Feeling EXTREMELY foreign, we resolve the issue by ordering jiaozi for the boy and mapo doufu for me.

I summon our driver to take us to GaoShan in 10 minutes. Every single second of this conversation will remain seared in my memory as the first time I have EVER managed a Chinese phone conversation without pausing, having to repeat myself or failing to understand the other side. And he hasn’t even taken the pace off! GO ME!

According to our travel agent, there are two sets of slopes in town: JingHao and GaoShan, and GaoShan is the best. Given GaoShan translates as “High Mountain” and the slopes that the internet is fondest of appear to be “Sun Mountain” in English, I am figuring GaoShan must be Sun Mountain. (If you’re interested in skiing Yabuli, all is explained here.)

Behind a plywood partition marked “National Athlete Coach” lurk sixty-odd “coaches” in skisuits that span the colour gamut from lurid through to vomiting rainbows by way of painfully vivid pastel, awaiting their prey.

Our driver takes us a ridiculously few hundred metres up the road to a cavernous glazed hall with all the charisma of a 1980s British municipal swimming pool, approached through nicotine-yellow insulation curtains and carpeted with the same type of depressing woven plastic mat material. This is GaoShan.

It must have been rather impressive in 1996, but it’s kinda showing its age.

There’s a lady who speaks Chinglish and helps me to establish that they don’t do long lift passes here, so we buy two-day lift passes as our most convenient option, and some ski goggles to keep the temperatures out of our eyes. The cheapest available helmet is an eyewatering £70 and too large for Zac.

I decide it wouldn’t be a bad idea for us to start with a lesson, something we left a little late in Bulgaria, not only so I can iron out the weird thing my back foot does when I turn, and Zac can fix the arse-heavy posture he’s developed over the years, but because the ski gear supplied with one’s lift passes in China is famously, umm, variable and I want someone who can actually fit it.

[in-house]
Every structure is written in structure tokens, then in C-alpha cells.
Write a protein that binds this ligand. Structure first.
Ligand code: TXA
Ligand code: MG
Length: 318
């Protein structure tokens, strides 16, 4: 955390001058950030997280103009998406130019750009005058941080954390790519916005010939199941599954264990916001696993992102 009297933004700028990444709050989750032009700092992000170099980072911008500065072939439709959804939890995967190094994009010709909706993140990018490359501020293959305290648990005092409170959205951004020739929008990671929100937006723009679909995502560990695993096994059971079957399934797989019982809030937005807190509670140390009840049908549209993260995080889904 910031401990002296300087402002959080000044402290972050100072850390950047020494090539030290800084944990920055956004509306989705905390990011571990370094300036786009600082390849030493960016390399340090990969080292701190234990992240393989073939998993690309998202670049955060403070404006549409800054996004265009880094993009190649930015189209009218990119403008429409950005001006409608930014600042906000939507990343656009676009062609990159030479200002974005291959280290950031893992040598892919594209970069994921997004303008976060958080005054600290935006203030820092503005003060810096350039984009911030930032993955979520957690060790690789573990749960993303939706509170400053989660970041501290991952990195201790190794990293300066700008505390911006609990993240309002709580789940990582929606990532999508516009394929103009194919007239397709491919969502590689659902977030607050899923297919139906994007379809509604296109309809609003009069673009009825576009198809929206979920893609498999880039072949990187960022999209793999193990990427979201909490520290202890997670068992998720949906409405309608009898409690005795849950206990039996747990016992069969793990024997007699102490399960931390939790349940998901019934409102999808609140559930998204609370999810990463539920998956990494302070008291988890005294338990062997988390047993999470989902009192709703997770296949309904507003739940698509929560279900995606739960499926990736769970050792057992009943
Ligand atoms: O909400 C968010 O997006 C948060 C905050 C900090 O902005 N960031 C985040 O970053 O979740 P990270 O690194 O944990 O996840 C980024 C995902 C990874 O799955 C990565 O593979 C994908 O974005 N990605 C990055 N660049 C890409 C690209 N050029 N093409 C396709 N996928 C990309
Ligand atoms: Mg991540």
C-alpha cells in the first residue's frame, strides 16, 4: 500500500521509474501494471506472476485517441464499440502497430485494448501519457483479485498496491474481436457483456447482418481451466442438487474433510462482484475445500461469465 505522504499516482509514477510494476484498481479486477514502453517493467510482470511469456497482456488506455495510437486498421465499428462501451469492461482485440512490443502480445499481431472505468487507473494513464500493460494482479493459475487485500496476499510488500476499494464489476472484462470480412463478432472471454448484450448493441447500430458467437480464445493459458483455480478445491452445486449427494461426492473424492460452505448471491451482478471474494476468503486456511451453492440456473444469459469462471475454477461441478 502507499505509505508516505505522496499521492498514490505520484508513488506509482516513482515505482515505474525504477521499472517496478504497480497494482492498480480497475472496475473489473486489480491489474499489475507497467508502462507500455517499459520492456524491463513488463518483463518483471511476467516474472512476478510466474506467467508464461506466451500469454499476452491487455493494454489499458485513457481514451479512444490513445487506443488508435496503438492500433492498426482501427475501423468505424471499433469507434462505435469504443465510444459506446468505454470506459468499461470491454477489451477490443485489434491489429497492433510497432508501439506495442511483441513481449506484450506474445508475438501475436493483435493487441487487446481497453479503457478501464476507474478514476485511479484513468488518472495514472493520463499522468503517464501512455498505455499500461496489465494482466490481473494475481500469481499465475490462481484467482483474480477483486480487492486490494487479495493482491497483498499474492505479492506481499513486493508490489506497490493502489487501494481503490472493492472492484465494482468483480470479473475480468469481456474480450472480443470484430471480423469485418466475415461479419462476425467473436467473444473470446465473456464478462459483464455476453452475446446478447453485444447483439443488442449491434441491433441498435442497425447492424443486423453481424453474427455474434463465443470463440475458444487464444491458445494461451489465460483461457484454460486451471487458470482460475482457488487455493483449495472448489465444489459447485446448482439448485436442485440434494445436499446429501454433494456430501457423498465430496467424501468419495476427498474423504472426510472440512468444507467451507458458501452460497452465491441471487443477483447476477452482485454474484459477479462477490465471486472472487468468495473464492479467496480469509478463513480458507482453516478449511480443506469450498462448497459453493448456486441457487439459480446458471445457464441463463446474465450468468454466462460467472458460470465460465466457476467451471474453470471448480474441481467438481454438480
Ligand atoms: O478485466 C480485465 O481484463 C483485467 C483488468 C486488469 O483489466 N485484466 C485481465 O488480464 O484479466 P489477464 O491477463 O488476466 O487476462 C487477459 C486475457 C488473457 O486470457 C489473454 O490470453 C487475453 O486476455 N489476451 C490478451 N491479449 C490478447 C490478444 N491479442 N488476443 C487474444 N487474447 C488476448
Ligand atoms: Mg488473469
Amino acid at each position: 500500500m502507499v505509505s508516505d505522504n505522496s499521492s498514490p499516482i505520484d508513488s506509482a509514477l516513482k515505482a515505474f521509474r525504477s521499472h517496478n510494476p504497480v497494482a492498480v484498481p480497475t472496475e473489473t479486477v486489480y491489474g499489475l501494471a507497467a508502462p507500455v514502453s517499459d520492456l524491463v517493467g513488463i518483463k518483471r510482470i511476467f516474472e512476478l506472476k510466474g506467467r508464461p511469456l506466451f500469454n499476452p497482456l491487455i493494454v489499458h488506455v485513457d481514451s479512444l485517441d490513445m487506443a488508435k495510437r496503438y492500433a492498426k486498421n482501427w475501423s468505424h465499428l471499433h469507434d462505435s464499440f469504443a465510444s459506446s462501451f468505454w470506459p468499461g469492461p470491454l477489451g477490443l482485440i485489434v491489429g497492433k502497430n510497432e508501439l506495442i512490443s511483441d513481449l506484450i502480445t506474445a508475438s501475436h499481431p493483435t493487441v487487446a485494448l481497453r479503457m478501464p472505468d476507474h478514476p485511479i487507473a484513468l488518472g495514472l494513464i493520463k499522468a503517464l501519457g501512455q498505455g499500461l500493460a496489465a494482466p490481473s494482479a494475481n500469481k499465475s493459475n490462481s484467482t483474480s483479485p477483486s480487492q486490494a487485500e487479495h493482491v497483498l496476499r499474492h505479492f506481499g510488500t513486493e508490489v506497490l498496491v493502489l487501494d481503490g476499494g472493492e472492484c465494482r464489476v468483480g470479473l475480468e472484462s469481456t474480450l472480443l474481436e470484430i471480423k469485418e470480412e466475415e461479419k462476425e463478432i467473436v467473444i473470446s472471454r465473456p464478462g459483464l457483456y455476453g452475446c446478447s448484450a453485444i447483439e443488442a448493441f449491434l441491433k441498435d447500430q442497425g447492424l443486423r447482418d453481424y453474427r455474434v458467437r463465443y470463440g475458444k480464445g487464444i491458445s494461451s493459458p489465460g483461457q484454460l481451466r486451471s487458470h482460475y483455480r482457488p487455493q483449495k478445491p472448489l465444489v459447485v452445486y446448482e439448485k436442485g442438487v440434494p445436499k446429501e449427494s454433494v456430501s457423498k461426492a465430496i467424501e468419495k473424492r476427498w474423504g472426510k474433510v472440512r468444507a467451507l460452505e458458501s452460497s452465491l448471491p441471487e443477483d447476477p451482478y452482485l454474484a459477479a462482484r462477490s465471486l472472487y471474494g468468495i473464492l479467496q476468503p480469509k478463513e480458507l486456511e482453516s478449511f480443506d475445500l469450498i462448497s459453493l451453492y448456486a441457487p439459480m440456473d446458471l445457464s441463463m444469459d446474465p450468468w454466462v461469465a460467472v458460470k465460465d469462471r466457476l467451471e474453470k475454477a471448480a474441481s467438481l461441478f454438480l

Behind a plywood partition marked “National Athlete Coach” lurk sixty-odd “coaches” in skisuits that span the colour gamut from lurid through to vomiting rainbows by way of painfully vivid pastel, awaiting their prey.

“No one coach two person!” says the one who speaks English. “One person one coach! Two person two coach!”

He, and I shall call him Li, would like 240 kuai for a two-hour lesson. Prices are set by the organisation.

A lady capers behind Li. She’s my coach. No, I don’t want a coach. Particularly not a non-English speaking one.

I have never studied Spanish or Italian, nor spent much time in Spanish-speaking countries, or Italy. I have studied Chinese. I would understand a ski lesson in Spanish or Italian. I would not understand one in Chinese.

I grit my teeth and shell out yet more Chairman Maos, hoping to god there’s a cash machine in town.

“Not problem!” says Li, bending Zac’s ankle to such an alarming angle as he forces it into the broken boot that I begin to suspect he wasn’t just a provincial-level skier but actually a Chinese gym coach in a previous life.

Off we head to the gear counter. They have skis and boots in our sizes! Excellent.

Oh. My boots are missing a buckle. Not good. I hand them back. One of Zac’s boots has a broken buckle that won’t open.

“Not problem!” says Li, bending Zac’s ankle to such an alarming angle as he forces it into the broken boot that I begin to suspect he wasn’t just a provincial-level skier but actually a Chinese gym coach in a previous life.